Born in Istanbul to Iranian parents, Solmaz Sharif holds degrees from U.C. Berkeley,
where she studied and taught with June Jordan’s Poetry for the People, and New York University. Her first poetry collection, LOOK, published by Graywolf Press in 2016, was a finalist for the National Book Award. Sharif's work has appeared in The New Republic, Poetry, The Kenyon Review, jubilat, Gulf Coast, Boston Review, Witness, and others. The former managing director of the Asian American Writers’ Workshop, her work has been recognized with a “Discovery”/Boston Review Poetry Prize, scholarships the Bread Loaf Writers’ Conference, a winter fellowship at the Fine Arts Work Center in Provincetown, an NEA fellowship, and a Stegner Fellowship. She has most recently been selected to receive a 2014 Rona Jaffe Foundation Writer’s Award as well as a Ruth Lilly and Dorothy Sargent Rosenberg Fellowship. She is currently a lecturer at Stanford University.
Our phone would
rarely ring. I have no ear
for the mu-
sic here. They would
bury one then another, the eldest son dropping
the grave to
comfort the corpse, calling us
because we were
exiles, were vagabonds, fugitives, past Sierras,
in Texas, or waiting for
to clear of frost,
two expanding ovals where the Buick’s heat hit, our
kudzu, here where the dead can
not reach us.
Three thimbles with
her sweat, in the dresser drawer they emptied would, I bet,
Gauze of soot, of skin sifted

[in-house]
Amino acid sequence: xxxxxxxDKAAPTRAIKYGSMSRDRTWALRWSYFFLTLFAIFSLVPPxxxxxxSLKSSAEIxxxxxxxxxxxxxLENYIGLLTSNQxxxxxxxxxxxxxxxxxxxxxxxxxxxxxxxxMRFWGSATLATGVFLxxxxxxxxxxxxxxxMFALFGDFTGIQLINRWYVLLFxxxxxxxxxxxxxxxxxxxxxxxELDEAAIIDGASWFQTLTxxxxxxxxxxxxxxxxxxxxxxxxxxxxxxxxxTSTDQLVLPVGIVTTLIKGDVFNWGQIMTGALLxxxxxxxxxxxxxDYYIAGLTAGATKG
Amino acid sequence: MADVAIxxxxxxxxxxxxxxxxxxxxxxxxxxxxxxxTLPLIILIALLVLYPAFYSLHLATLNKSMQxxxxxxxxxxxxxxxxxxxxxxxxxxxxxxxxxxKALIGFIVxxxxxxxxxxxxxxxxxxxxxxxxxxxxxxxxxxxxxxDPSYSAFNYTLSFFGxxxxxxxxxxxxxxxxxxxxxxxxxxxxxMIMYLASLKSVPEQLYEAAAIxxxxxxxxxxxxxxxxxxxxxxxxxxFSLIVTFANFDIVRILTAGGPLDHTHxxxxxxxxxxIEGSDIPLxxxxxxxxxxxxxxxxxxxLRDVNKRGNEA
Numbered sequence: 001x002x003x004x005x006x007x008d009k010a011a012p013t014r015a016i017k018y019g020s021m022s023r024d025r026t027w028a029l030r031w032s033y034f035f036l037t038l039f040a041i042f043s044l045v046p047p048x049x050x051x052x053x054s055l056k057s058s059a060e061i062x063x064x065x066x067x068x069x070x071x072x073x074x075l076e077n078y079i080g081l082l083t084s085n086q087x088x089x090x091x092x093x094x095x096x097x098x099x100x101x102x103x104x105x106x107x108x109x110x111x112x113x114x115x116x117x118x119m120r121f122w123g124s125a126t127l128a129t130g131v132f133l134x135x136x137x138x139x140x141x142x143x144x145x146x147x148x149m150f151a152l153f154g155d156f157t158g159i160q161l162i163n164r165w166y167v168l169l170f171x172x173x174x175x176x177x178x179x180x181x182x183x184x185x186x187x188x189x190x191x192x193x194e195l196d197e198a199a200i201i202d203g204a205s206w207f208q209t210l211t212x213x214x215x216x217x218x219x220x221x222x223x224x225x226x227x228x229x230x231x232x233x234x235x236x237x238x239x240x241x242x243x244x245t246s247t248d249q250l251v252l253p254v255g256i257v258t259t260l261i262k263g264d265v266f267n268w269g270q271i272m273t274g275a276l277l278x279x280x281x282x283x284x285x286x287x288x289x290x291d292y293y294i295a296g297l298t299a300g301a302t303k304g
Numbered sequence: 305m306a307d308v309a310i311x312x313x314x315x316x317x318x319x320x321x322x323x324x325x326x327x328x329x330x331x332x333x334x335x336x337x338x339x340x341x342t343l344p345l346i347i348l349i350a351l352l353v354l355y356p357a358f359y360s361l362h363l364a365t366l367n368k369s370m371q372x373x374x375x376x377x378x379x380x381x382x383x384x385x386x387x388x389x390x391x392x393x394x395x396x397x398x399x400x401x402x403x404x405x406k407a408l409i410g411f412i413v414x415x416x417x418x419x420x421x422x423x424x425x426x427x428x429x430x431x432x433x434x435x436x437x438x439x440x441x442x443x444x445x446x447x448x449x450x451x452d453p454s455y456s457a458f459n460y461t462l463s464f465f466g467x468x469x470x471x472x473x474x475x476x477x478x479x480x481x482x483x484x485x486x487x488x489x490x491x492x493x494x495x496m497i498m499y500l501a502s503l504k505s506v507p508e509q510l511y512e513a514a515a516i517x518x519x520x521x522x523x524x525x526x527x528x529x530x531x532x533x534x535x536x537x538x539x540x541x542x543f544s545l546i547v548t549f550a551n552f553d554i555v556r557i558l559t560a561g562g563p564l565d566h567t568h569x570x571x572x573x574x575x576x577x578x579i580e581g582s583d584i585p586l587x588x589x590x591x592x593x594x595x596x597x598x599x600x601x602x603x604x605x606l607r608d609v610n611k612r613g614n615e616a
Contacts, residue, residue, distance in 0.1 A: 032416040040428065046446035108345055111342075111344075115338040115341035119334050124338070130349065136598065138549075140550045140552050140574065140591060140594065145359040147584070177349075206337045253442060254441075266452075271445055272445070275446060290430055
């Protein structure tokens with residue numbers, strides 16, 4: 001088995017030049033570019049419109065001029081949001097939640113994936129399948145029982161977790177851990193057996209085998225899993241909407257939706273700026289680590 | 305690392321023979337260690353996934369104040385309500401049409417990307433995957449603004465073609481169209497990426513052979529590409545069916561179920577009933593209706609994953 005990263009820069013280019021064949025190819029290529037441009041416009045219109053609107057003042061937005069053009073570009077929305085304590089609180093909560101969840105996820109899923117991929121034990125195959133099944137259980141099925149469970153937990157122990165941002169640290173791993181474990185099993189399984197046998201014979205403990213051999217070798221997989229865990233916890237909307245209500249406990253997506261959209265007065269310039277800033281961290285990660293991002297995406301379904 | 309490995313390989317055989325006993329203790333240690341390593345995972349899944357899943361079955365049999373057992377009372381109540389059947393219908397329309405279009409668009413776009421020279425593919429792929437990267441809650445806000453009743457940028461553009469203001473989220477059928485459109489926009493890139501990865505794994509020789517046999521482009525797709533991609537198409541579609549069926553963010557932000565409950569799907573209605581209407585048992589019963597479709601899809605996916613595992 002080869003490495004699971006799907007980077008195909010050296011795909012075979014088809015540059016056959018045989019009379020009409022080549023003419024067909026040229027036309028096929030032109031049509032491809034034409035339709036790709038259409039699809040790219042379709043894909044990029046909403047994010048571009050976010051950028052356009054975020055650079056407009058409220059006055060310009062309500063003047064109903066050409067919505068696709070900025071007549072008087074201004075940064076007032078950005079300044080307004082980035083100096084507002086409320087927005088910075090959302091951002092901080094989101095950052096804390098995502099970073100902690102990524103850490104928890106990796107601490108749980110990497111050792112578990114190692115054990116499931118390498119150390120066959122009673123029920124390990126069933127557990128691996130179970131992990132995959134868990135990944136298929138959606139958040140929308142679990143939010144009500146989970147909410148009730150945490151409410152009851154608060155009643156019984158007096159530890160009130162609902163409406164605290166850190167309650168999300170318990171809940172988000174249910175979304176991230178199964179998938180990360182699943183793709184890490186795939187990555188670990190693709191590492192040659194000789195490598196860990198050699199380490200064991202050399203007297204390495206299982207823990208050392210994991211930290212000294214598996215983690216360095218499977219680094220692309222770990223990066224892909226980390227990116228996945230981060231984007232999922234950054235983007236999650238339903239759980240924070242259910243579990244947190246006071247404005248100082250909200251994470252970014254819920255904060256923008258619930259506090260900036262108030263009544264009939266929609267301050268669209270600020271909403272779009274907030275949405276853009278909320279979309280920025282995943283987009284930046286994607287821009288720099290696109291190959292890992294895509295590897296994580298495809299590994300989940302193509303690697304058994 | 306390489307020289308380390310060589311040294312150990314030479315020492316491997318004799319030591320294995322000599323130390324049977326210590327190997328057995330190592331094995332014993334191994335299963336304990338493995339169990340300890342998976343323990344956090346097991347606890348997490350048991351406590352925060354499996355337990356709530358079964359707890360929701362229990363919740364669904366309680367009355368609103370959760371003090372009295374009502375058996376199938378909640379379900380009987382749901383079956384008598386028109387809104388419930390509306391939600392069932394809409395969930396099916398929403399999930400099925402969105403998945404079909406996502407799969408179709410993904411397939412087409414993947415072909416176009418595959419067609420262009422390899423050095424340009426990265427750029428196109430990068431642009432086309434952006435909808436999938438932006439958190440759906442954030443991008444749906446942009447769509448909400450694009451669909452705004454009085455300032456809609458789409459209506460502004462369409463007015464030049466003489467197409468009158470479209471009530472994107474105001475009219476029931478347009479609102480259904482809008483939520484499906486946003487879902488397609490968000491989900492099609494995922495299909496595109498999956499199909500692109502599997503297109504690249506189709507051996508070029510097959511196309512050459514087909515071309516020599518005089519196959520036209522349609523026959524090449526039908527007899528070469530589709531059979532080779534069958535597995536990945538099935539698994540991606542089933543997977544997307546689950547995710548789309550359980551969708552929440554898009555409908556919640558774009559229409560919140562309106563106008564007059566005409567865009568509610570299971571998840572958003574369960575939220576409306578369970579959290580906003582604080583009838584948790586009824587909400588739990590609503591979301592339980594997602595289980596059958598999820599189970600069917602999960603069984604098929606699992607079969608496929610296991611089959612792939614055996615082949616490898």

off her where
she scratched her head,
licked her thumb to lift page after thin onionskin page,
Portrait of Imam Ali,
dead son. She stuffed
plastic bags into plastic bags, clouds of them, some stuffed
cash. She who
pled Eat. pled Pray. said I pray
for your soul.
fasted, said Ask
Him, never once talked of love, or, fondly, My husband,
would that I
could lick the dust that like—I
sic will not reach
us here, just wet my fingertip, run along inside
so that her sugar, Shiraz
bits she tracked
inside, I could
eat, lick off her plastic tabletop whatever fell
by grain off
her tiny, tin teaspoon. Where
her gold went,
who gives a shit.
I claimed her sugar bowl, white floral veil she prayed in,
take once her
daily, daily things. Morning
to step up her
thinly carpeted steps, hear her dentures click and clap.
can’t hear that
"The Role of the Poet: An Interview with Solmaz Sharif." The Paris Review. 27 July 2016.
"Solmaz Sharif and the poetics of a new American generation" by John Freeman. The Los Angeles Times. 8 July 2016.
"A Poet Subverts the Defense Department’s Official Dictionary" by Natalie Diaz. The New York Times. 19 August 2016.
Seminar | January 30, 2018
Reading | January 30, 2018